Cover cropping is the growing of crops that provide a soil cover either during or after the cropping season, including fallowing events.
Common cover crops include water melon, pigeon pea (cajanus cajan), sweat potatoes, beans (mucuna), pumpkins, forage grass, lablab among others. Maintaining a permanent soil crop cover throughout the year is called permaculture. Under permaculture, a crop is usually planted towards the harvest of or alongside an annual crop.
There are numerous advantages that come with cover cropping as presented below:
* Cover cropping provides a permanent soil cover throughout the season or year to protect against soil erosion. By reducing the speed of run-off, cover crops increase soil water infiltration and movement.
* Cover cropping cuts down the evaporation of soil moisture to the atmosphere, reducing crop stress and hence facilitating sustained production, even during the dry spell.
* Cover cropping provides a blanket against the impacts of raindrops and blowing wind that would otherwise cause rain and wind erosions respectively.
*Sustained moisture content within the soil, as a result of cover cropping, facilitates the growth, multiplication and activity of soil micro-organisms like earth worms. These are useful in recycling nutrients, providing soil aeration, barrowing, and foster crop root development among others.
* Cover cropping provides an insurance to the farmer against total loss due to failure of one given enterprise.
* Cover cropping provides a balanced food base for the farmer’s family as well as his or her animals or birds, hence increasing the productivity of a given piece of land.
* Cover crops suppress the growth, development and multiplication of weeds and related species that would otherwise lower crop yields.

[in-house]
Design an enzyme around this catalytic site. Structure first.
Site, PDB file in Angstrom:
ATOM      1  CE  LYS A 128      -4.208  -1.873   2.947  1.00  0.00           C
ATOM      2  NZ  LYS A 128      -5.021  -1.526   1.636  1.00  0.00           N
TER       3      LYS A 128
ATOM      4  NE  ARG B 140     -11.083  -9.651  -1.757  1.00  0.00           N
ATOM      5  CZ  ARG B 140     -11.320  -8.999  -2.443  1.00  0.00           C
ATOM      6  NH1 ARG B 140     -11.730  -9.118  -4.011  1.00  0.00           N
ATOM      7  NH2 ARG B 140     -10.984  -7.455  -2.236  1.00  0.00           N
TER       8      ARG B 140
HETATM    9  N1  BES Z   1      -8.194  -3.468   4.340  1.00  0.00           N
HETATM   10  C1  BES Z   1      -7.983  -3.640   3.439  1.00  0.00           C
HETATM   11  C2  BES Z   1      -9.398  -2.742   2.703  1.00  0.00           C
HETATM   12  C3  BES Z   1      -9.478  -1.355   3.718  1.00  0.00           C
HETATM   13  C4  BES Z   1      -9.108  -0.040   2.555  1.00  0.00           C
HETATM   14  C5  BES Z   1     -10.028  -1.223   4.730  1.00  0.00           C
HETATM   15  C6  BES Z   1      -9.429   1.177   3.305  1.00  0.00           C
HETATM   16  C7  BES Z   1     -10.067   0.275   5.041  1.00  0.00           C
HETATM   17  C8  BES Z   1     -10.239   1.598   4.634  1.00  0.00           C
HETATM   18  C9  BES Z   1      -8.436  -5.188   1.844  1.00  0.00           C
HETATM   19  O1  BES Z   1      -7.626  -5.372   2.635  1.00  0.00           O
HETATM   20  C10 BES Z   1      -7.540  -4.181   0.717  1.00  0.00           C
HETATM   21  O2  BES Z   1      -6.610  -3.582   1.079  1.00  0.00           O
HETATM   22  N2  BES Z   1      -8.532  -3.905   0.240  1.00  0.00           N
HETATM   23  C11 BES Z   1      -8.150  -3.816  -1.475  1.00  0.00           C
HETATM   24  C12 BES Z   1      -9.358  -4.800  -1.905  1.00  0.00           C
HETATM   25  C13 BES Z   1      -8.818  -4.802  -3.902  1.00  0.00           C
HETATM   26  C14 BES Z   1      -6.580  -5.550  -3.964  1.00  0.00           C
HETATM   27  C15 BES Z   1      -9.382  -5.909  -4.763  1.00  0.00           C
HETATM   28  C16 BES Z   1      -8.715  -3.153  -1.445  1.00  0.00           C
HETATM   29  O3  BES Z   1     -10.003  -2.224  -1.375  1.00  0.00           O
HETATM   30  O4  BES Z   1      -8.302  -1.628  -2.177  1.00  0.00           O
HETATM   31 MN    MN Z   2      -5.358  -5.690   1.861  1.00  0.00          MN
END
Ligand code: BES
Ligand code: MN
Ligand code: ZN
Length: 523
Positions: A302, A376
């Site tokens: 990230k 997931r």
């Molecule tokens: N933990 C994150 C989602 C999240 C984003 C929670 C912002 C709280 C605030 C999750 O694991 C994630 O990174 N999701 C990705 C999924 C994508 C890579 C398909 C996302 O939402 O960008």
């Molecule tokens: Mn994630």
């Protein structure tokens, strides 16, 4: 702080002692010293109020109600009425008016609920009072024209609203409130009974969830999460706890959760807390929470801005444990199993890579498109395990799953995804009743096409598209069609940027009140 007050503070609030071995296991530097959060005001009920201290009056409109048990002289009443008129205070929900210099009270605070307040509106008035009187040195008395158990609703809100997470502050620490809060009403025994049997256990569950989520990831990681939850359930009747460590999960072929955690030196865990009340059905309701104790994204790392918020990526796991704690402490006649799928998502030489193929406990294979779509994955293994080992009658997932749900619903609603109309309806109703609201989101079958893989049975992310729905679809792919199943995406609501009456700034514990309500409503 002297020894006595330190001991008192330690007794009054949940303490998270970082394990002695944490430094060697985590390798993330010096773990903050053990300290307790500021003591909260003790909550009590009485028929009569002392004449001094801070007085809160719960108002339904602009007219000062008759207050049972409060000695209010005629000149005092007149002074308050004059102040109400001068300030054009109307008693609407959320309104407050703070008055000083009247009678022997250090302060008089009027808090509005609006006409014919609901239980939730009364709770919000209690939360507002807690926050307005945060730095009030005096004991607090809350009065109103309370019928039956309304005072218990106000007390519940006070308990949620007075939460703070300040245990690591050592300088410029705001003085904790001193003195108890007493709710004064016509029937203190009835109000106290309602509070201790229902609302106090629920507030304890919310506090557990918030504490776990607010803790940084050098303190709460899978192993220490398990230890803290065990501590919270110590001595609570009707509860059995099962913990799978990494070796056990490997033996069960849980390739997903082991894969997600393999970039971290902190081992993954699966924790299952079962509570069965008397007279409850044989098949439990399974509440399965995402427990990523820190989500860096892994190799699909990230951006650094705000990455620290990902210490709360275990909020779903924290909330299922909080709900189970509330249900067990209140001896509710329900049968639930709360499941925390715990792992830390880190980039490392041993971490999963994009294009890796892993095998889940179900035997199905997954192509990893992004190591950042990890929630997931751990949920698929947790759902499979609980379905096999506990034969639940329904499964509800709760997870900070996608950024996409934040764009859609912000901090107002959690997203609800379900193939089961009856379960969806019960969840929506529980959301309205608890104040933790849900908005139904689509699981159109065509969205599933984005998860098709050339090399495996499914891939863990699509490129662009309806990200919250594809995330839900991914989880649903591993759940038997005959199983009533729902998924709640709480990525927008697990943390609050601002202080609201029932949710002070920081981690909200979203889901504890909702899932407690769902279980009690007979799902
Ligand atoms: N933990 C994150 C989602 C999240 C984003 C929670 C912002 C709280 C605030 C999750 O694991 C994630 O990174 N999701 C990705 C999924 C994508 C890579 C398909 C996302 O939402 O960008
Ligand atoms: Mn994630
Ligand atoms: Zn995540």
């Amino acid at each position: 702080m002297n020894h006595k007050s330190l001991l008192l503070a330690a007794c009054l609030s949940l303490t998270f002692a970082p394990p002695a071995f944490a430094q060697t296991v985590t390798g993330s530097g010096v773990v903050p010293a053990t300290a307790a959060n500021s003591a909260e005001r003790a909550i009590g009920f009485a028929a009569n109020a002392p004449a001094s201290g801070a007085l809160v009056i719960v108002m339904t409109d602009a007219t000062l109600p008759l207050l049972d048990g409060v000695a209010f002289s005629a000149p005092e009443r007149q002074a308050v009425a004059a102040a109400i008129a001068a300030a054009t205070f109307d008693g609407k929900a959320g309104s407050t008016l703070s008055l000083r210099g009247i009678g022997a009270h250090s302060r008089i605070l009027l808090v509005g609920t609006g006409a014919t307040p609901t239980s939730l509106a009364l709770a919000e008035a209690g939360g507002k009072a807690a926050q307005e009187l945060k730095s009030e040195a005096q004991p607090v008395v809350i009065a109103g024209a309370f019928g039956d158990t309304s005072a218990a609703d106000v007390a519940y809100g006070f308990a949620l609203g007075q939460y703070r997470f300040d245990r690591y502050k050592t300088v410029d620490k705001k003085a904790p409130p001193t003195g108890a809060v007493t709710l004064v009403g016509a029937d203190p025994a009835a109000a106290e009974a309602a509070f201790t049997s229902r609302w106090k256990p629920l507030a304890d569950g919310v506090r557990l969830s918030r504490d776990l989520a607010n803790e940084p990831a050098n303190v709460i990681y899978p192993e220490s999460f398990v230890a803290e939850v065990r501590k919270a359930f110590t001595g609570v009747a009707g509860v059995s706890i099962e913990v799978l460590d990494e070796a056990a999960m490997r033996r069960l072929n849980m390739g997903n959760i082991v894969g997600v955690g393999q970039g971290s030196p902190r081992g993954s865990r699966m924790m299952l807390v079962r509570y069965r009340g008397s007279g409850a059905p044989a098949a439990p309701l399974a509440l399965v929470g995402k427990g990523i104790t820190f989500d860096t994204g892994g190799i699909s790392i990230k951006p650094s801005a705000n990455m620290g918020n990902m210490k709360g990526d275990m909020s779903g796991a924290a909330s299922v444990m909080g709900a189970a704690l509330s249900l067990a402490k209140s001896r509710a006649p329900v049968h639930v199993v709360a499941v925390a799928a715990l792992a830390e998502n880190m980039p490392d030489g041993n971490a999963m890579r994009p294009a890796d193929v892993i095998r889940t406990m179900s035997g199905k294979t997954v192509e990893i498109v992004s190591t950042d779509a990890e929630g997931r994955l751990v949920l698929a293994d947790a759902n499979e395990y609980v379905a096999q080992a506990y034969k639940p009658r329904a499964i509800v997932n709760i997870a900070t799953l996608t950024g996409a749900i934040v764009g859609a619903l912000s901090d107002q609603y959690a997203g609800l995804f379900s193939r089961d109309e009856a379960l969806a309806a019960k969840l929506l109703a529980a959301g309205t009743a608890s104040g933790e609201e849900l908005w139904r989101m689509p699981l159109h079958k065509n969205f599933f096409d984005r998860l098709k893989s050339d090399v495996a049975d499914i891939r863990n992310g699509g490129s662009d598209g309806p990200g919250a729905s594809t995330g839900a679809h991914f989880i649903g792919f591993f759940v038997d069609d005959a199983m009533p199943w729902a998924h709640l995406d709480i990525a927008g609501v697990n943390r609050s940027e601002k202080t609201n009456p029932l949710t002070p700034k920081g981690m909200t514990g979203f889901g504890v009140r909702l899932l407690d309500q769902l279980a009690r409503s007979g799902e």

* By stopping erosion and binding soil particles together, cover cropping improves the soil physical properties like soil structure and soil texture.
* Cover plants that react through allelopathy (generating chemicals that inhibit the development of other species) have the capacity to inhibit the growth and development of some crop pests.
* Cover cropping practiced on the river banks improves on the water resources life and downstream water quality by reducing sedimentation and silting.
* Cover cropping promotes maximum utilisation of land and space available on the farm and could spur sustainable rural economic growth.
* In cover cropping there is increased organic matter available to the farmer to use in mulching which increases soil nutrient recycling and soil fertility.
* Cover cropping enables regeneration and rebuilding of soil organic matter and nutrient reserves since the soil is kept under fallow for some time.
* Cover cropping enables farmers to adapt and become more resilient to climate change vagaries by fully conserving soil, water and biodiversity while simultaneously increasing food production and restoring productive natural resources and ecosystems.
* Cover crops that are leguminous, like beans, and nitrogen-fixers, help to fix plant nutrients like nitrogen.
* Soil cover helps to maintain normal soil temperatures that are a necessity for the development of soil microbial organisms and plant roots.
How to harness maximum benefits
The cover crop should be planted as soon as tillage is complete so as to remain beneficial. However, it could also be done towards the harvesting period to avoid nutrient competition with the main crop and maintain a soil cover.
The desirable cover crop is one from a variety that maintains minimum competition with the main crop by having a slowed growth.
The desirable cover crop is one that easily grows and spreads and multiplies to cover the whole soil surface such as pumpkins.
A cover crop should be cheap and easy to establish and eradicate at the beginning and end of its requirement.
Cover crops to be considered also include those that derive other multiple uses such as fodder, herbs and food.
In arid or semi-arid lands with total annual rainfall of below 500mm, cover cropping practices should be avoided to avert excessive competition for the limited available soil water.
It is cheap and appropriate, at times, to keep natural vegetation including weeds as plant cover for sustainable soil water use.
Nitrogen-fixing species are preferred to those that consume nitrogen.
The cover crop must not develop a high canopy so as to fully perform the roles of cover cropping.
Cover crops should be easily manageable for the time they are still required.
Cover crops that are most desirable are those with deep root system and low water consumptive use.
It is advisable to plant cover crops which fit in the local cropping system.
The writer is a practicing agricultural engineer.